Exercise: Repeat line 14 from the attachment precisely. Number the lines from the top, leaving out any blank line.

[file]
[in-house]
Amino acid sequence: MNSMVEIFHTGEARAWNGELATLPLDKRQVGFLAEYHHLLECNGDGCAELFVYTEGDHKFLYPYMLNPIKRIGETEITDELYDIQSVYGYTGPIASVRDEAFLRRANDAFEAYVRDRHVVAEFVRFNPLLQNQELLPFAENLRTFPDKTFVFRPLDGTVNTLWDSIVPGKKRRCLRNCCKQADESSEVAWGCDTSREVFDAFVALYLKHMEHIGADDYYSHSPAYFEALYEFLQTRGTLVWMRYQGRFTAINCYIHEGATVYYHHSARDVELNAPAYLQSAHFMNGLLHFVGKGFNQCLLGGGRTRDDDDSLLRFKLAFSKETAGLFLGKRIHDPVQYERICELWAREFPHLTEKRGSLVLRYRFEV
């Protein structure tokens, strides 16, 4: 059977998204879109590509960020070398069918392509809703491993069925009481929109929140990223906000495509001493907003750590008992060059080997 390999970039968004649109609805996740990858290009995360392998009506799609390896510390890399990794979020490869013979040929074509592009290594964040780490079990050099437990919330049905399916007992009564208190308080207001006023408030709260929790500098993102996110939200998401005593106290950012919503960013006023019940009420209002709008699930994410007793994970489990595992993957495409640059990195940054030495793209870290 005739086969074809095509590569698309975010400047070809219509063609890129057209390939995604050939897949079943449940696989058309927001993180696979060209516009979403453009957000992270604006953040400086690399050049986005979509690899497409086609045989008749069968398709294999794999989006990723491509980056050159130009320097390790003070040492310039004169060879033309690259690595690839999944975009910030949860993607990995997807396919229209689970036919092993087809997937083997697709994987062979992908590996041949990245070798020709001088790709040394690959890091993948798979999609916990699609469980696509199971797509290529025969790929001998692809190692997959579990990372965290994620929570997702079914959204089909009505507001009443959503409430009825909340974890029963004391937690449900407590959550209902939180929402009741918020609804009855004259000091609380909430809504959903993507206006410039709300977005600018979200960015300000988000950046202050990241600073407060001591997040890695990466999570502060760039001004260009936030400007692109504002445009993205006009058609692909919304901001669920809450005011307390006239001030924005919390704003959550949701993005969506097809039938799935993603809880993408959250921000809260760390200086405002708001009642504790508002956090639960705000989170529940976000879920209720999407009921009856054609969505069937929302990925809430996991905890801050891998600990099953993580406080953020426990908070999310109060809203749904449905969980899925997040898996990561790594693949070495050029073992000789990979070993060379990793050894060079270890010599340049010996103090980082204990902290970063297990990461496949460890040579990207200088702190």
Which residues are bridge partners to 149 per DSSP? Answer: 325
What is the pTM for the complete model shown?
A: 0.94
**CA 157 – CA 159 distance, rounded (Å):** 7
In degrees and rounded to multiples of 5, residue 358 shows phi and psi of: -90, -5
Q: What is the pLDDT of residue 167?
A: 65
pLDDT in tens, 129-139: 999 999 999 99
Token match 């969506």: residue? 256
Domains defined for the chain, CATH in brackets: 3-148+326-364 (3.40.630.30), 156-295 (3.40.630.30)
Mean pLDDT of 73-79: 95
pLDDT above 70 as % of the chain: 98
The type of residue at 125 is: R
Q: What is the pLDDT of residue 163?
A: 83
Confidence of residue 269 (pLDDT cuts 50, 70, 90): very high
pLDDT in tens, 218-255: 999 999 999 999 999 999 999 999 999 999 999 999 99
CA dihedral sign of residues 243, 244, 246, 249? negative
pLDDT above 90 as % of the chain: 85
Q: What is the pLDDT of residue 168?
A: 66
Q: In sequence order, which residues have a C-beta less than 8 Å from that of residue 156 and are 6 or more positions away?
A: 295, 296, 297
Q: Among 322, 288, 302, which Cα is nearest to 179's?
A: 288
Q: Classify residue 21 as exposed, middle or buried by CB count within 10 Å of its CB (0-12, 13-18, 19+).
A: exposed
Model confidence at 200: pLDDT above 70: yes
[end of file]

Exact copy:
Mean pLDDT of 73-79: 95